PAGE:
“Having all parties pull together towards a common goal, with quality content creation multiplied and the load spread across the business, is a powerful advantage, each party contributing to each others’ success”.
Included in this matrix of contributing factors is the overall size of the site, the number of high-quality inbound links it has received and how old the domain is (with varying degrees of significance). Having all parties pull together towards a common goal, with quality content creation multiplied and the load spread across the business, is a powerful advantage, each party contributing to each others’ success.
The potential for efficiency doesn’t end here, either. Shared learning of a single content management system and even shared functionality – in the context of a ‘multi-site’ environment wherein all sites within a single network share their code base – can be equally as fruitful.
Meanwhile, within businesses wherein the opportunity exists for cross-selling, a consolidated presence also exposes the customer to all aspects of the brand’s offering.
Conversely, for businesses with little or no potential for cross-selling, where the acquired brand is ubiquitous or where it offers a bespoke solution for a niche audience, maintaining segregation may be beneficial. Businesses operating within niche markets, where market share is already weighted in their favour, a wider array of services might be seen as a distraction, rather than a complement.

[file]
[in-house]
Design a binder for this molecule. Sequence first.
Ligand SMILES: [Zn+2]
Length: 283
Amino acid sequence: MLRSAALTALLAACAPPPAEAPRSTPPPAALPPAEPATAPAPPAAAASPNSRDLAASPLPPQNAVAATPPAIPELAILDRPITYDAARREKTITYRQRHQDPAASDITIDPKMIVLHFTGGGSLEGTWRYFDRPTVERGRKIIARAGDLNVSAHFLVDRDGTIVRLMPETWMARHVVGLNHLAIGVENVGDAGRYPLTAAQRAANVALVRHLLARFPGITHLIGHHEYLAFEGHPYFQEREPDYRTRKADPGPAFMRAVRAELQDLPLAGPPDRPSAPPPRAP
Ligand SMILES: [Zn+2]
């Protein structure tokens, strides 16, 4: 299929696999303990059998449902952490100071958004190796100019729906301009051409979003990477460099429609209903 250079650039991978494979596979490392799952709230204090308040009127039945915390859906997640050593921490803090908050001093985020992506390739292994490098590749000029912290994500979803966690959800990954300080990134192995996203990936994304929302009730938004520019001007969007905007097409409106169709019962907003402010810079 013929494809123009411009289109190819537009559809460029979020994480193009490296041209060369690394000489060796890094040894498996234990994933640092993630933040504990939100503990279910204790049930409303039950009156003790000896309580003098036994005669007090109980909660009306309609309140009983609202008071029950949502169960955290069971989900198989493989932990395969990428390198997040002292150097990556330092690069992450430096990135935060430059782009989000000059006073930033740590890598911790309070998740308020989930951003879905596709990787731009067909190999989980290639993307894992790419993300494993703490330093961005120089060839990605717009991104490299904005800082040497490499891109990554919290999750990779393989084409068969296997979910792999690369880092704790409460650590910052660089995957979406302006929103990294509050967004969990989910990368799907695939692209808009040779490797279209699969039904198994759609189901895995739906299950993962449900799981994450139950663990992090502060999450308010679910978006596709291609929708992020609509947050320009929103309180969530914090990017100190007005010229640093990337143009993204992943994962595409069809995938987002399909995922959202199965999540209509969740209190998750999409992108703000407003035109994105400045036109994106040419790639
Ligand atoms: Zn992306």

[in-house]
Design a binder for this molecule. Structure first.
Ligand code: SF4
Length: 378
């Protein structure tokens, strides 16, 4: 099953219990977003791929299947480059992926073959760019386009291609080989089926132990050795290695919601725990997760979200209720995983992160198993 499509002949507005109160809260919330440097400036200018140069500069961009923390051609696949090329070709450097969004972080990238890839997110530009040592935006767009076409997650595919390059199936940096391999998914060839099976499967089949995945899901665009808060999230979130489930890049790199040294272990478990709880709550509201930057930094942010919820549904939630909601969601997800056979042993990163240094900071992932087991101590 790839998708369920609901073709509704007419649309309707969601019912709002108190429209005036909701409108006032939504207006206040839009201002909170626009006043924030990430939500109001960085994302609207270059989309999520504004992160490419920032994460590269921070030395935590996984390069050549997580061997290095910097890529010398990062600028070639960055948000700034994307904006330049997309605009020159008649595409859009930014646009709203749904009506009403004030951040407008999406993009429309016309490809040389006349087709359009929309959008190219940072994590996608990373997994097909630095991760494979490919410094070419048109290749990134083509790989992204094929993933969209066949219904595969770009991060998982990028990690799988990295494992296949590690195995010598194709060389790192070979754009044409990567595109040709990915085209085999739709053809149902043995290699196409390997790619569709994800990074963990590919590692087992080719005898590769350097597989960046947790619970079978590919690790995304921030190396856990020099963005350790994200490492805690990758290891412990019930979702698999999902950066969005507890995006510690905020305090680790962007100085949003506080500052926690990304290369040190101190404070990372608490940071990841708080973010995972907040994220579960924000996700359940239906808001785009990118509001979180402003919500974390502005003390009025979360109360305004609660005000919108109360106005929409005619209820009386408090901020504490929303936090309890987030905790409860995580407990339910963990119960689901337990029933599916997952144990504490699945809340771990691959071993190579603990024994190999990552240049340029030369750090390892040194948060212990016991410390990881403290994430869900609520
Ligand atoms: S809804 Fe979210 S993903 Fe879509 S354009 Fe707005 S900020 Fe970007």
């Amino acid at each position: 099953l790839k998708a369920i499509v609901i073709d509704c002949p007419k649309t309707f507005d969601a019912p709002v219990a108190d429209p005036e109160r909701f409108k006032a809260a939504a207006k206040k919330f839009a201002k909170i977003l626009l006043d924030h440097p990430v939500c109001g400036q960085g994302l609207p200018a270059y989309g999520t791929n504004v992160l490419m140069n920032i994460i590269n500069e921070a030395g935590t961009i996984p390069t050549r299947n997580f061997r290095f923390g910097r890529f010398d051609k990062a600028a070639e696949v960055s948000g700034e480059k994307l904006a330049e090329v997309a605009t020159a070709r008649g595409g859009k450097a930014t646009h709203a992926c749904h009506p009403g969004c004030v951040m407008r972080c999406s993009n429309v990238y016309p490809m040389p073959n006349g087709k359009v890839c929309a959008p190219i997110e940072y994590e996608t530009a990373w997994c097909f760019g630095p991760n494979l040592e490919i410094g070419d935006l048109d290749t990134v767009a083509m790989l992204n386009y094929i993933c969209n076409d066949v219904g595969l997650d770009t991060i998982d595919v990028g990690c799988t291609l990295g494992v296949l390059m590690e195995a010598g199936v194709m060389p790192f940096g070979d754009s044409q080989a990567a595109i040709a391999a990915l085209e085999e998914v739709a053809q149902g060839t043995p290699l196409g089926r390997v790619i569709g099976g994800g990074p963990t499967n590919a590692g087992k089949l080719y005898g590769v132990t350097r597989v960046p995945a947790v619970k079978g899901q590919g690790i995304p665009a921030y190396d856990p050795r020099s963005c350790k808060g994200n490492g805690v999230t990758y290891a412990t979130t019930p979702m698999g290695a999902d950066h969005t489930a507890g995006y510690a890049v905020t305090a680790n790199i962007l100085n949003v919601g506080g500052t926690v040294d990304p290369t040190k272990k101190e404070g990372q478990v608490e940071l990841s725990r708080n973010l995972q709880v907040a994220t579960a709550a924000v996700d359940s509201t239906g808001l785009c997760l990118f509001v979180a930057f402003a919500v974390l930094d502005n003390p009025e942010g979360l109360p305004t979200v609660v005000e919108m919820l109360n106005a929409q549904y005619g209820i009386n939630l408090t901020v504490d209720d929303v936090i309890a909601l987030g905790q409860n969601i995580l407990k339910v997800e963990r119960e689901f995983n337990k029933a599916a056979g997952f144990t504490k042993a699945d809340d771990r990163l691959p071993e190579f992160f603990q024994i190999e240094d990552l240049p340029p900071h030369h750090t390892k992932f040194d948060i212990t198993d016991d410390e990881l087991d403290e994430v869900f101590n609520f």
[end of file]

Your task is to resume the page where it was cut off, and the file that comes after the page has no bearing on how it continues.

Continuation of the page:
Remaining customer / client-centric
Critically, corporates must look beyond their internal structures to identify what makes the most sense to their audience(s). From digital communication organised around departments and business units, to solutions targeted at the needs of customers and with the burden of joined up thinking embraced by the business, not the customer. This is nothing new, yet it remains a continuous trap that many fall foul of.
In the context of an acquisition, it’s importance is further amplified, since the incoming business inherently brings with it a group of customers and potential prospects that may be new to the parent company and require an investment of time in order to earn their trust.
One reason why corporates often maintain separation is for technical reasons. In an attempt to move at a pace more comparable with that of its audience, companies forgo internal processes – particularly IT procedures – to create something new and standalone. Although the business need is understandable and the principle of keeping pace with demand is legitimate and often unanswered, it is not necessarily in the customer’s best interests.
“From digital communication organised around departments and units, to solutions targeted at the needs of customers and with the burden of joined up thinking embraced by the business, not the customer.”
Asking the right questions
To aid the decision-making process, here are 5 key questions to consider:
- How ubiquitous are the brands – can the parent brand survive fragmentation or would the acquired brand(s) need, or benefit from, the parent brand to be successful online?
- Is there the opportunity for cross-selling between the two brands?
- Are there any practical reasons for separating the entities online, such as regional selling restrictions?
- Could the incoming business ever hope to compete online, specifically within search engines, on their own merit or does it need a helping hand?
- What role does brand play in the customer’s decision-making criteria?